Television: Friedrich Nowottny turns 95: “I’m extremely worried”

Television: Friedrich Nowottny turns 95: “I’m extremely worried”

The Second World War was almost 80 years ago, but Friedrich Nowottny can still hear its sounds in his ears. The war in Ukraine activates them and fills the journalist with deep concern.

A mischievous smile and then the brief announcement: “Goodbye – the weather.” When Friedrich Nowottny concluded the “Report from Bonn” in this familiar manner, the television viewer then went to bed with the certainty that they had once again completely understood federal politics.

Today, many decades later, there are only a few cartoons in his Bonn apartment that remind us of his heyday on television. He had given everything else away. Friedrich Nowottny is still five years away from reaching the full century: This Thursday, the former television journalist and WDR director turns 95 years old. He now has two great-grandchildren, twins aged two.

“Wonderful, wonderful,” he enthuses in an interview with the German Press Agency. But the joy of the two boys is darkened by the war in Ukraine. “I’m very worried, extremely worried,” he says. It also plays a role in the fact that at the age of 15 he was deployed in Hitler’s so-called “Volkssturm” in the last months of the Second World War.

Former television journalist looks back

Nowottny has actually always been a person who lived completely in the now. Unlike so many other aging celebrities, he never talks about his heyday. Instead, he wants to exchange ideas about current day-to-day politics, discuss the latest Bundesliga games or hear news from the media industry. But this time it’s different, this time he looks back. Far behind. That alone is a warning sign.

Nowottny was born in 1929 in Upper Silesia in what is now Poland. Until the beginning of 1945, when the Red Army advanced into the area, relatively little of the war had been felt there. But then things got serious. “That’s something that bothers me now and then. One of the worst memories for me is the sound of tanks on the streets. I always have that incredible sound of chains on pavement in my ears.”

First sip of alcohol in the foxhole

At the end of January 1945, Nowottny, like his father, who had been released until then, was called up to the “Volkssturm”. “I still remember my father and I standing next to each other in the foxhole, and my father pulled out the canteen and said, ‘Come on, take a little sip, it’ll do you good.’ It’s so cold.” That’s when I took my first sip of alcohol.”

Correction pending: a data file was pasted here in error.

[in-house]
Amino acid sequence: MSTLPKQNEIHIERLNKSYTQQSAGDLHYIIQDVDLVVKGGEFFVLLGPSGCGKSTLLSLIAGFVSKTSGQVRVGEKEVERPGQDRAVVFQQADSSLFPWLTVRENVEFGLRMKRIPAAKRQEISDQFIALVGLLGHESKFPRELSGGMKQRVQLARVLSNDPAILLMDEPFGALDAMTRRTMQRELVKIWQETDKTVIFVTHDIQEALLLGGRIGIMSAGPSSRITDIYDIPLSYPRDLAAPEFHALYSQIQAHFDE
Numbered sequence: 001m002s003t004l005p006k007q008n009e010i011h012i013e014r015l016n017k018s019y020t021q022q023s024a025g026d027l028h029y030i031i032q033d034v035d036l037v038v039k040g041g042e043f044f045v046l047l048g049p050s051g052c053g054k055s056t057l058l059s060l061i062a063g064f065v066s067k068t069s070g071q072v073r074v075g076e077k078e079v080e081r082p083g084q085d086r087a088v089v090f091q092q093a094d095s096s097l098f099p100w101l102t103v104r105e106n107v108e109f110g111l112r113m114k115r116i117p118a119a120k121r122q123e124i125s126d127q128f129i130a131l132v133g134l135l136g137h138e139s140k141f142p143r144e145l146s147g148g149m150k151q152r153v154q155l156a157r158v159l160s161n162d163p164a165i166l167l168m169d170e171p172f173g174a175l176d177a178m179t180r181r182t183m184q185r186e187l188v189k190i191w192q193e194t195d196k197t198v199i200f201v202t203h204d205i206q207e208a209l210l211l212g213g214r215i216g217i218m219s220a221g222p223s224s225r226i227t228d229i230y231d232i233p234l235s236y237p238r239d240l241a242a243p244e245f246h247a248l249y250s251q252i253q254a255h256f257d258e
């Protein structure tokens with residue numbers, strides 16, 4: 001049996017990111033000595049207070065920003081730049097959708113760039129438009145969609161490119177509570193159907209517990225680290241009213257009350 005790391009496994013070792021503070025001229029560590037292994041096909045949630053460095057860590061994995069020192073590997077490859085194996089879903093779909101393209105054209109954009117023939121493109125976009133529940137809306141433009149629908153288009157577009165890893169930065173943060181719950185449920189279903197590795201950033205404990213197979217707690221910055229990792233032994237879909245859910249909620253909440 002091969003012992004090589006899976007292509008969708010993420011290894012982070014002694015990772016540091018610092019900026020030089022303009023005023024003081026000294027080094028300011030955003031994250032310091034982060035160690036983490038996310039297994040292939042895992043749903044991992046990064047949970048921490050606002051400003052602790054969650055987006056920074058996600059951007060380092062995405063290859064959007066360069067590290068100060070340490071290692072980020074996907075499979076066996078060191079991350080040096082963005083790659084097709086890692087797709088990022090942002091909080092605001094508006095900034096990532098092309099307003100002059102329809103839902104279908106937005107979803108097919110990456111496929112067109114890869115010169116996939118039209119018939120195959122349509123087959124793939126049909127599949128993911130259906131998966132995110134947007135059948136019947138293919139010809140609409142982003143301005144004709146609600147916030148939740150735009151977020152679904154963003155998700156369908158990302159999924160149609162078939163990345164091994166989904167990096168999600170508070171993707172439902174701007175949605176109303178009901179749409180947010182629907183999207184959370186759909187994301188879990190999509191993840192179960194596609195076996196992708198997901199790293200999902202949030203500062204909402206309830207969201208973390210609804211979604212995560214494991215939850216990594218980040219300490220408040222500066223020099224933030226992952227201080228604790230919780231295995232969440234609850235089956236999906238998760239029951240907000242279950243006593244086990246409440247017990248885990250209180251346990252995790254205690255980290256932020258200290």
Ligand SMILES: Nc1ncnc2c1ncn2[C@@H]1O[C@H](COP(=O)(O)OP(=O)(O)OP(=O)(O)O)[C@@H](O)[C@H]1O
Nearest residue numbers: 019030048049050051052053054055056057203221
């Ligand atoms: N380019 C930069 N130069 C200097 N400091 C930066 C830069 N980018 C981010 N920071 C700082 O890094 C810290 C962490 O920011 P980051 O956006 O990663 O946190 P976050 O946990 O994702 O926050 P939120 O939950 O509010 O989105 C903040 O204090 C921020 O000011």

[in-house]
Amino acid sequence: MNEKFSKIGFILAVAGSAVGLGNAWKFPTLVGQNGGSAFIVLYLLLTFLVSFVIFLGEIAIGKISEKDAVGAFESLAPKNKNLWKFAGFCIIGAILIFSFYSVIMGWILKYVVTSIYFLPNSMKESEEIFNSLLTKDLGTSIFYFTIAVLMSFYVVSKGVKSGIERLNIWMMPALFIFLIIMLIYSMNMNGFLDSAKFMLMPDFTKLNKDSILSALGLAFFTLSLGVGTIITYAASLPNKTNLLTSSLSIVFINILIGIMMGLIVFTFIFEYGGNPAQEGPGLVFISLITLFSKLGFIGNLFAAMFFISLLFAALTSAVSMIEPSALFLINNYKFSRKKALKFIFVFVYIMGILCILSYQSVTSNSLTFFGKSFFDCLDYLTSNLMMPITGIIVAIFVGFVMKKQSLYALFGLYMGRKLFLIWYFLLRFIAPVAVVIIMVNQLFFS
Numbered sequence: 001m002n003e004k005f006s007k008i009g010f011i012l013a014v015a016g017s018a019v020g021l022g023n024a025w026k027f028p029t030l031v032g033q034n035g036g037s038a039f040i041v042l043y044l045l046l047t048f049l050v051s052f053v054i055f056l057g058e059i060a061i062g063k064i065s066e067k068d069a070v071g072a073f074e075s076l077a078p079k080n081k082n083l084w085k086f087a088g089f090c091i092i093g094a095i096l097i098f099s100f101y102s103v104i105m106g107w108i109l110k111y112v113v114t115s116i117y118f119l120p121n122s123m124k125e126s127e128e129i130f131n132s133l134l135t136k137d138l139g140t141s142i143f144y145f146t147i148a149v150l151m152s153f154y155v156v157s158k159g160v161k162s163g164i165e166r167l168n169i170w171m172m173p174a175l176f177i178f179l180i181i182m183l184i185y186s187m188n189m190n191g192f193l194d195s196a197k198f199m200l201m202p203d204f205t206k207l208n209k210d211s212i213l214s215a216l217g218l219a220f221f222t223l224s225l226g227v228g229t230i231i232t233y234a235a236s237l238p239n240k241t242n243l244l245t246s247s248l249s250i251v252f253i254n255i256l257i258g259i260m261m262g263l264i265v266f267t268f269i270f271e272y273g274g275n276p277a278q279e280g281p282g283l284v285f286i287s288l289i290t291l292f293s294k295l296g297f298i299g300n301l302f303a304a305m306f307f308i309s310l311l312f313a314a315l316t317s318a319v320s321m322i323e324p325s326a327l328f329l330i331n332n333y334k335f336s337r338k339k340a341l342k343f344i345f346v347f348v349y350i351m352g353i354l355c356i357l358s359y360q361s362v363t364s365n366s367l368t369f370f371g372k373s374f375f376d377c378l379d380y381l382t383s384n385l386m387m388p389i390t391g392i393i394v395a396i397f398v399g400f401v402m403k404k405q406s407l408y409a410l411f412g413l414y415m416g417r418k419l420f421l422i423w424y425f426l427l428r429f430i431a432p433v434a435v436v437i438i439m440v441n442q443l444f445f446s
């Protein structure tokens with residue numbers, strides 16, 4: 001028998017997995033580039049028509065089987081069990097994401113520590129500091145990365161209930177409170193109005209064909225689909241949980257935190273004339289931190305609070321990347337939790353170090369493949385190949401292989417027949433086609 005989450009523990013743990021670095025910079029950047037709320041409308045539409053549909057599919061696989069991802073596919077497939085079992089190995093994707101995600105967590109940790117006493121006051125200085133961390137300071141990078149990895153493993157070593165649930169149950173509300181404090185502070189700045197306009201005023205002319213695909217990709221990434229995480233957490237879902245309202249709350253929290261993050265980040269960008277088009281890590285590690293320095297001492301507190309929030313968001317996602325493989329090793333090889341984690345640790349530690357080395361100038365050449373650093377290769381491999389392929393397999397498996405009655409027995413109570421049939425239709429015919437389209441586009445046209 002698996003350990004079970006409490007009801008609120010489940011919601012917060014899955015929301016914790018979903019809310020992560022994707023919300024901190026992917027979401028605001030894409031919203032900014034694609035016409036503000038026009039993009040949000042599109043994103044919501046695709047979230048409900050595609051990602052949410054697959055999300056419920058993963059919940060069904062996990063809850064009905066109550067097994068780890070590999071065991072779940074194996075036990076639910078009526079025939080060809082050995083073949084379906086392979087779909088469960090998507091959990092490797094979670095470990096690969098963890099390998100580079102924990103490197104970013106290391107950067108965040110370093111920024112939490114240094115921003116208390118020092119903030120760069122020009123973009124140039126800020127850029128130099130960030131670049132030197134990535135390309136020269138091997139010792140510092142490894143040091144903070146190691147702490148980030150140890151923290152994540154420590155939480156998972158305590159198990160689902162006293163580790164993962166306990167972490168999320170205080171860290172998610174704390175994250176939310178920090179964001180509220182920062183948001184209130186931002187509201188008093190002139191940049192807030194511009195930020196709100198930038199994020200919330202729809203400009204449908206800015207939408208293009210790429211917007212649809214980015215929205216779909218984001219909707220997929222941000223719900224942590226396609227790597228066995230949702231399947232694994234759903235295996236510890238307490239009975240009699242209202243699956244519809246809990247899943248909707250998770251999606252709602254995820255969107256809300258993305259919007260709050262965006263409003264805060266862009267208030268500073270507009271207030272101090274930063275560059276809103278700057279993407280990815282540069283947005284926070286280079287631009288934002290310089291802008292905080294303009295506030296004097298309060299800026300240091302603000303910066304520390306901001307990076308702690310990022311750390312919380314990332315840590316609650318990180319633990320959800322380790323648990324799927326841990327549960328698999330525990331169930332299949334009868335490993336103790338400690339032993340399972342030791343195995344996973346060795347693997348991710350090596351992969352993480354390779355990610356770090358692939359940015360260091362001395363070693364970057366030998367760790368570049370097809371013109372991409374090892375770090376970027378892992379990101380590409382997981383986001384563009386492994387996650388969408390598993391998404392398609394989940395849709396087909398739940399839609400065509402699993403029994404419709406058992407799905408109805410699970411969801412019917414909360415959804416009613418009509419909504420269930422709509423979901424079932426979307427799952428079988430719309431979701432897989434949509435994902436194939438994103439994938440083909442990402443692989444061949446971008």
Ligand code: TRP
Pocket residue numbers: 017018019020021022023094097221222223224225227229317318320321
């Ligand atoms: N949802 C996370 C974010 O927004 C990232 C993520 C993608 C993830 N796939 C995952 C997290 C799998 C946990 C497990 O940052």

The father came across an announcement in a front-line newspaper that all soldiers born in 1929 were to be relocated to the Sudetenland. With reference to this order, his father ensured that Friedrich was not sent to the front. “Not my son!” he implored a first lieutenant. “So I experienced the departure of the replacement battalion with my father. Two weeks later my father was killed.” He, on the other hand, was able to make his way to Passau. There he was picked up again and stationed in Hitler’s birthplace Braunau am Inn. “Of all things!”

But now the Americans came. “Anyone here who speaks English?” Yes, there was one – because Nowottny’s English teacher had bullied him during his school days like only his math teacher would otherwise. “That was my salvation, now I was an interpreter. Captain Cox was the city commander, I will never forget that as long as I live.”

Ukraine war brings back memories

Suddenly he stops, sits up straighter and says, as if to discipline himself: “That was all a long time ago.” After a short pause he adds: “And yet, thanks to the Ukraine war, this situation is now in front of my eyes again. Although Ukraine is completely different. The destructive power of today’s artillery and rockets is incomparable. These are terrible weapons. I I can only say, hopefully we will be spared this and my children, grandchildren and great-grandchildren will be spared this. I don’t know how this could all end.”

Would he have thought it possible that he would experience something like this again – a war in Europe? “I beg you! No. Who expected that after the hugging scenes with the Russians? I was with Gorbi on his last day at work.” Nowottny was director of West German Radio from 1985 to 1995 and as such was also responsible for the ARD studio in Moscow. He visited the Russian capital from time to time to sign contracts and thus experienced parts of the phase of great upheaval: the rise and fall of the last Soviet head of state, Mikhail Gorbachev, who jokingly described him as having a “Slavic round skull”.

When he came to Gorbachev’s office at the end of 1991 – “a very small office because the Kremlin was being renovated” – Russian President Boris Yeltsin was already standing at the door to replace him. It was nothing less than the downfall of the Soviet Union that took shape in this scene and is forever burned into the minds of the onlookers from Germany.

Friedrich Nowottny consciously experienced the entire history of the Federal Republic. He considers the roots of democracy and its acceptance of all scandals and crises to be the greatest achievement of the era. “I am one of the last people who knows from my own experience that freedom is anything but self-evident,” he says. Then he stands up, surprisingly quickly for someone his age. He says he has to apologize now. His wife needs him.

Source: Stern

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